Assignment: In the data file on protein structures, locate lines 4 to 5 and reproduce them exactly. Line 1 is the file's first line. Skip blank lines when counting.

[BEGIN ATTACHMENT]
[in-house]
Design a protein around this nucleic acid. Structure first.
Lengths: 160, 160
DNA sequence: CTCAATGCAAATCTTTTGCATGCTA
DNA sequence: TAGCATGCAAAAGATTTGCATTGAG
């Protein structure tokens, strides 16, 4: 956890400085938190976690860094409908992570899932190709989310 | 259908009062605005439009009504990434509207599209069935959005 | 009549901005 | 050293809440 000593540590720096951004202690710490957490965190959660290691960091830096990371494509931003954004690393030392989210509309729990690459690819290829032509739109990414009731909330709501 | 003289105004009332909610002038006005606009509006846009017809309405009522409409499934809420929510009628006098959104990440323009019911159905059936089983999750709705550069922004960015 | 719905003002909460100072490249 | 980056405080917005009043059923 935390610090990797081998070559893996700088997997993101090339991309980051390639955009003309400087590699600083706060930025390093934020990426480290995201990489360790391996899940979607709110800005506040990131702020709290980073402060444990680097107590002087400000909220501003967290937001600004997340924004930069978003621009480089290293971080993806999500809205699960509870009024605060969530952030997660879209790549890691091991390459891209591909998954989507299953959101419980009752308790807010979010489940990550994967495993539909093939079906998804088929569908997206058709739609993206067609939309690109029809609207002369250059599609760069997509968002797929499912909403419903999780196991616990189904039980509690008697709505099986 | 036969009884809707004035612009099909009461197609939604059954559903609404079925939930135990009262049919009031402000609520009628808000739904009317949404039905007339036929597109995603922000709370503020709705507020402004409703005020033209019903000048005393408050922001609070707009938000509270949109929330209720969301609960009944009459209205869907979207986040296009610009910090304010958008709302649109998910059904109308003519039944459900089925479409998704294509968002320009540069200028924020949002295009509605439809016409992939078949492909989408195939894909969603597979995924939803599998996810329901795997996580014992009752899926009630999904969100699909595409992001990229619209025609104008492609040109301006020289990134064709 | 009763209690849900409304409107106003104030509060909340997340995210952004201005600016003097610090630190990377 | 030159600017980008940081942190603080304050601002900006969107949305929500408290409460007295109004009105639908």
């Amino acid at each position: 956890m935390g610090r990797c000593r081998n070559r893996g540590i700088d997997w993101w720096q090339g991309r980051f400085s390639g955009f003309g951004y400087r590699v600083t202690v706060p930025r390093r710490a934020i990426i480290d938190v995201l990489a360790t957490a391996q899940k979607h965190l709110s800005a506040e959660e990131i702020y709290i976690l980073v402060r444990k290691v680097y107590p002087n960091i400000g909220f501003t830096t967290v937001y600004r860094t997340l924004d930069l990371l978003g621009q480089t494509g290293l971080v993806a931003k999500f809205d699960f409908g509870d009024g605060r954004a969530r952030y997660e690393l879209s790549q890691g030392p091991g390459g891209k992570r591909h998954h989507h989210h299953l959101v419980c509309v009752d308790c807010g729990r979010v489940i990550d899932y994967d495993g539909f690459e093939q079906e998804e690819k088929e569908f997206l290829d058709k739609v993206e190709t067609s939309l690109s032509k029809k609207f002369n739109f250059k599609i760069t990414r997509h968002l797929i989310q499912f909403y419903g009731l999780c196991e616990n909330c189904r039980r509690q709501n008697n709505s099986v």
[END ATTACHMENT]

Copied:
DNA sequence: CTCAATGCAAATCTTTTGCATGCTA
DNA sequence: TAGCATGCAAAAGATTTGCATTGAG